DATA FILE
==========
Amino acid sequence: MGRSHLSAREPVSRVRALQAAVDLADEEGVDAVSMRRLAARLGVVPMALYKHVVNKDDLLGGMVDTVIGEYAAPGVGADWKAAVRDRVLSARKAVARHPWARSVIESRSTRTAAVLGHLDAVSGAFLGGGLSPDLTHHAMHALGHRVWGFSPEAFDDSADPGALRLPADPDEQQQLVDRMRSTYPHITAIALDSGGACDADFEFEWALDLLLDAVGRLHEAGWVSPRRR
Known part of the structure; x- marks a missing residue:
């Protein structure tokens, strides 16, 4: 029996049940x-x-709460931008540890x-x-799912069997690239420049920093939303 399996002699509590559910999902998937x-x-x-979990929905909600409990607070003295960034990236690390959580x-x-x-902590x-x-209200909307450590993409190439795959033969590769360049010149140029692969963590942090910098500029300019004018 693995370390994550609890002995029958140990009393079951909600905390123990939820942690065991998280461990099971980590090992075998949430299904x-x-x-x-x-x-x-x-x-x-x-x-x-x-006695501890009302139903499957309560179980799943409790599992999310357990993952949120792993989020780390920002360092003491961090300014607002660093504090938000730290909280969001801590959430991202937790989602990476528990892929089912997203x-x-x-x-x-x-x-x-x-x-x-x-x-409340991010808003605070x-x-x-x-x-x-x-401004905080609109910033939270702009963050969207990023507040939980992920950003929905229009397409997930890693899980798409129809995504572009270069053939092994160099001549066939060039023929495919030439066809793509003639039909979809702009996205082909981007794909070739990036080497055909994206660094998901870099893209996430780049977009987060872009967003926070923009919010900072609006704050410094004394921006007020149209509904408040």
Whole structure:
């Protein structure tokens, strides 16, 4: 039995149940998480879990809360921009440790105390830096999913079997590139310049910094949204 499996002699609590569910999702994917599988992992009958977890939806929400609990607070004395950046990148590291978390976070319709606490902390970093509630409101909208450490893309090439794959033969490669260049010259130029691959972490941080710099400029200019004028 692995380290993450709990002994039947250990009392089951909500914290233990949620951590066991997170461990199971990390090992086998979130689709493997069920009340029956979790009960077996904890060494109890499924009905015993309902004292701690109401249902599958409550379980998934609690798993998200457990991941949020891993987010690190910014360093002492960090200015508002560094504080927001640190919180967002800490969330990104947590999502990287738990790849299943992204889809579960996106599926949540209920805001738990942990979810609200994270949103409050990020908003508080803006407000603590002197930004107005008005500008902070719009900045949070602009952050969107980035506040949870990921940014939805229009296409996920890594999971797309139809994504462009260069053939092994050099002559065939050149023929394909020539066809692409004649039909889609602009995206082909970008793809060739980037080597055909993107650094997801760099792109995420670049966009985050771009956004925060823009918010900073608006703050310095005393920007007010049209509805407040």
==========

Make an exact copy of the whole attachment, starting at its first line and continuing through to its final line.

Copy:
Amino acid sequence: MGRSHLSAREPVSRVRALQAAVDLADEEGVDAVSMRRLAARLGVVPMALYKHVVNKDDLLGGMVDTVIGEYAAPGVGADWKAAVRDRVLSARKAVARHPWARSVIESRSTRTAAVLGHLDAVSGAFLGGGLSPDLTHHAMHALGHRVWGFSPEAFDDSADPGALRLPADPDEQQQLVDRMRSTYPHITAIALDSGGACDADFEFEWALDLLLDAVGRLHEAGWVSPRRR
Known part of the structure; x- marks a missing residue:
């Protein structure tokens, strides 16, 4: 029996049940x-x-709460931008540890x-x-799912069997690239420049920093939303 399996002699509590559910999902998937x-x-x-979990929905909600409990607070003295960034990236690390959580x-x-x-902590x-x-209200909307450590993409190439795959033969590769360049010149140029692969963590942090910098500029300019004018 693995370390994550609890002995029958140990009393079951909600905390123990939820942690065991998280461990099971980590090992075998949430299904x-x-x-x-x-x-x-x-x-x-x-x-x-x-006695501890009302139903499957309560179980799943409790599992999310357990993952949120792993989020780390920002360092003491961090300014607002660093504090938000730290909280969001801590959430991202937790989602990476528990892929089912997203x-x-x-x-x-x-x-x-x-x-x-x-x-409340991010808003605070x-x-x-x-x-x-x-401004905080609109910033939270702009963050969207990023507040939980992920950003929905229009397409997930890693899980798409129809995504572009270069053939092994160099001549066939060039023929495919030439066809793509003639039909979809702009996205082909981007794909070739990036080497055909994206660094998901870099893209996430780049977009987060872009967003926070923009919010900072609006704050410094004394921006007020149209509904408040």
Whole structure:
């Protein structure tokens, strides 16, 4: 039995149940998480879990809360921009440790105390830096999913079997590139310049910094949204 499996002699609590569910999702994917599988992992009958977890939806929400609990607070004395950046990148590291978390976070319709606490902390970093509630409101909208450490893309090439794959033969490669260049010259130029691959972490941080710099400029200019004028 692995380290993450709990002994039947250990009392089951909500914290233990949620951590066991997170461990199971990390090992086998979130689709493997069920009340029956979790009960077996904890060494109890499924009905015993309902004292701690109401249902599958409550379980998934609690798993998200457990991941949020891993987010690190910014360093002492960090200015508002560094504080927001640190919180967002800490969330990104947590999502990287738990790849299943992204889809579960996106599926949540209920805001738990942990979810609200994270949103409050990020908003508080803006407000603590002197930004107005008005500008902070719009900045949070602009952050969107980035506040949870990921940014939805229009296409996920890594999971797309139809994504462009260069053939092994050099002559065939050149023929394909020539066809692409004649039909889609602009995206082909970008793809060739980037080597055909993107650094997801760099792109995420670049966009985050771009956004925060823009918010900073608006703050310095005393920007007010049209509805407040």